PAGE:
An Islamic State rally. Well, I guess you have to start
The Islamic State movement, the most hardcore of similarly oppressive fundamentalist Islamic political movements such as the Muslim Brotherhood and Hamas, would in practice be an even more dangerously terrifying totalitarian regime even than Hitler’s and Stalin’s versions. Uniting the oppressively violent extremes of Taliban-intensity religious certainty with the apparatus of a Ba’athist or monarchist police state and contemporary computer surveillance equipment would give Islamic State authorities the power to control every social aspect of an individual’s life to the fractally smallest detail.

Yet hundreds of thousands of people in the Islamic State armies (leaving aside the drive for total social control in the extreme wings of the slightly less insane fundamentalist movements) fight to the death to install a regime that would mandate rigid conformity to theocratic principles, and enforce those principles through totalitarian state violence.

Spinoza’s analysis in his political writings shows how people would develop such a hideous desire. He analyzes an ancient theocracy to show how a mutually empowering social cohesion can develop from an entire population sharing a single religion when that religion’s sole authoritative institution is inextricably bound with the state itself.

The religious state institution mandates very particular behaviours in all aspects of life, a mass similarity and familiarity that encourages, along with laws preventing one from being permanently divested of all property and means to support oneself, an atmosphere of brotherhood and camaraderie.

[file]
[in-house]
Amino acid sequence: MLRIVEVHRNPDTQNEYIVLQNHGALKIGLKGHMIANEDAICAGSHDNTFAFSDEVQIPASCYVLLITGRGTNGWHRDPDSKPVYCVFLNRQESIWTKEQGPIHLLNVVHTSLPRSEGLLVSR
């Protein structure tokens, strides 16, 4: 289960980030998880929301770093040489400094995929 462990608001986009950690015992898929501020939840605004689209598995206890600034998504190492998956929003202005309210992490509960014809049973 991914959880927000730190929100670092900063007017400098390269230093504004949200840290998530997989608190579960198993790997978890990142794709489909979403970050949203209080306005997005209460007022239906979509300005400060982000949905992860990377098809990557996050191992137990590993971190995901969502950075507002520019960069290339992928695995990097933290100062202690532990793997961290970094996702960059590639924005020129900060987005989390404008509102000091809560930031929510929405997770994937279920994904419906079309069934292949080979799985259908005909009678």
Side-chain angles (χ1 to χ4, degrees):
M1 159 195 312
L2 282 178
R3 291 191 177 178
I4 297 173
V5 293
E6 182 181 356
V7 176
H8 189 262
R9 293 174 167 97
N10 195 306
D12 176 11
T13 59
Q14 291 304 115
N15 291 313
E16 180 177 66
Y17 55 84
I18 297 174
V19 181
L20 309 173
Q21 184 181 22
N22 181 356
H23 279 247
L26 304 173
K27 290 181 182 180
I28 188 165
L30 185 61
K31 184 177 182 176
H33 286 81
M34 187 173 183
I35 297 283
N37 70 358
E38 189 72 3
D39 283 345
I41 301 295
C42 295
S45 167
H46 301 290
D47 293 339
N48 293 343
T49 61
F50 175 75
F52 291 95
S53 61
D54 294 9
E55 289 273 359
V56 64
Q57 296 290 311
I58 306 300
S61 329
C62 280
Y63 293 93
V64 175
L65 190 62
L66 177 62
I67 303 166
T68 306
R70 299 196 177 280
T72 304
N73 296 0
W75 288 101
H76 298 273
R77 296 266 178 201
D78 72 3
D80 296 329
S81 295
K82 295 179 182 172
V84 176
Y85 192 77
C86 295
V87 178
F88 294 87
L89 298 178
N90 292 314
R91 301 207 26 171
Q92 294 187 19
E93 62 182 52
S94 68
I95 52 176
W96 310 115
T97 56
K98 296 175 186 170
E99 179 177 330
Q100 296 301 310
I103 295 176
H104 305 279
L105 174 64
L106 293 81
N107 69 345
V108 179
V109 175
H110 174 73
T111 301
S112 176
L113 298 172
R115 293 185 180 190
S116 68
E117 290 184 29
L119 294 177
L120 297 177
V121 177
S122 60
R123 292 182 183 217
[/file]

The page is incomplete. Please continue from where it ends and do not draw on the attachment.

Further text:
The problem with this is that internal brotherhood of this intensity, achieved through a totalizing social identity with the community of fellow-believers and the state, creates a terrifying xenophobia. The resulting external conflicts must always go the way of the religious state, because the people’s hatred of outsiders would tend to such extremes as to make the feeling universally mutual among peoples.

That was just one example, though. In this case, it was the first kingdom of the ancient Hebrews in Jerusalem, an analysis that would have, shall we say, ruffled a few feathers. I have no idea if it’s accurate as a depiction of the first Hebrew state in Jerusalem before the Babylonian conquest, and it can only be tangentially applied today. If the Taliban regime of Afghanistan is any indication, I doubt an Islamic State based in Baghdad would put much focus on internal camaraderie. As well, the ancient Hebrew Kingdom ruled by men like David and Solomon never had access to the regulatory institutions and tools of governance that we do, which would allow a government genuine control of every miniscule action, and even thought, of a citizen.

But Spinoza at least got the ball rolling on this question, even though it took a while for people to make the question of the people’s desire for their own enslavement a central question for political philosophy again. I don’t think we’ll forget it again anytime soon.